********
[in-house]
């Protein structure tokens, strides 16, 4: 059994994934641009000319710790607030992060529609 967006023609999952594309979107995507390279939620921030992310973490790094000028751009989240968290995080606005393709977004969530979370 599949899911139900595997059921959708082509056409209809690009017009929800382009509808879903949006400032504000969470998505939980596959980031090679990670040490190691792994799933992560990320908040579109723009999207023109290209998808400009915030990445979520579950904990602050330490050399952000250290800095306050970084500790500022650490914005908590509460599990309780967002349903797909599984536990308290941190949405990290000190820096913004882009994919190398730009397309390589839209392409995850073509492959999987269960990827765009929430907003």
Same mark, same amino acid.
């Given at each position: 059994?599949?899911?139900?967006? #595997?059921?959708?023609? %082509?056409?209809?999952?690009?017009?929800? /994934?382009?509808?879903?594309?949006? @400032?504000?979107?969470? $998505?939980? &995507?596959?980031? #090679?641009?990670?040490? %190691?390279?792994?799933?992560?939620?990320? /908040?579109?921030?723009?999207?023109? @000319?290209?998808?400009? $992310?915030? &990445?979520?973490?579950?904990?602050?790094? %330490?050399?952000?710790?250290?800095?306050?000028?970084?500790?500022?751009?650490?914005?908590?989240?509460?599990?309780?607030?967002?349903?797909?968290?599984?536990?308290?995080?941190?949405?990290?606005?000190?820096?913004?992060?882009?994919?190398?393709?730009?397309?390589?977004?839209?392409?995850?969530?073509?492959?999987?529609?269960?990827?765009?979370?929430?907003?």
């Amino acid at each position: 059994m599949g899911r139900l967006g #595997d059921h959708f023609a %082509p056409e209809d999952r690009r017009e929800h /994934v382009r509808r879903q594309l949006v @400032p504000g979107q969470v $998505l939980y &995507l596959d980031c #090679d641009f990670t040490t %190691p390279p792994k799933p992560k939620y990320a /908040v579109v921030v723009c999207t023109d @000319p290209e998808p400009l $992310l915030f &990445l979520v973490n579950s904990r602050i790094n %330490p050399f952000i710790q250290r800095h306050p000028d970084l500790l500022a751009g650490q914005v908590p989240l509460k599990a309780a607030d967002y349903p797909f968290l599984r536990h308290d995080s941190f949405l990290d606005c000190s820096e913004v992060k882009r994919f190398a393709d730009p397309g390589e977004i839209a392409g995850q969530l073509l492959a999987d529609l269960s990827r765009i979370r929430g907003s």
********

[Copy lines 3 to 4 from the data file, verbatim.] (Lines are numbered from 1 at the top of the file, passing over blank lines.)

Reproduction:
Same mark, same amino acid.
């Given at each position: 059994?599949?899911?139900?967006? #595997?059921?959708?023609? %082509?056409?209809?999952?690009?017009?929800? /994934?382009?509808?879903?594309?949006? @400032?504000?979107?969470? $998505?939980? &995507?596959?980031? #090679?641009?990670?040490? %190691?390279?792994?799933?992560?939620?990320? /908040?579109?921030?723009?999207?023109? @000319?290209?998808?400009? $992310?915030? &990445?979520?973490?579950?904990?602050?790094? %330490?050399?952000?710790?250290?800095?306050?000028?970084?500790?500022?751009?650490?914005?908590?989240?509460?599990?309780?607030?967002?349903?797909?968290?599984?536990?308290?995080?941190?949405?990290?606005?000190?820096?913004?992060?882009?994919?190398?393709?730009?397309?390589?977004?839209?392409?995850?969530?073509?492959?999987?529609?269960?990827?765009?979370?929430?907003?």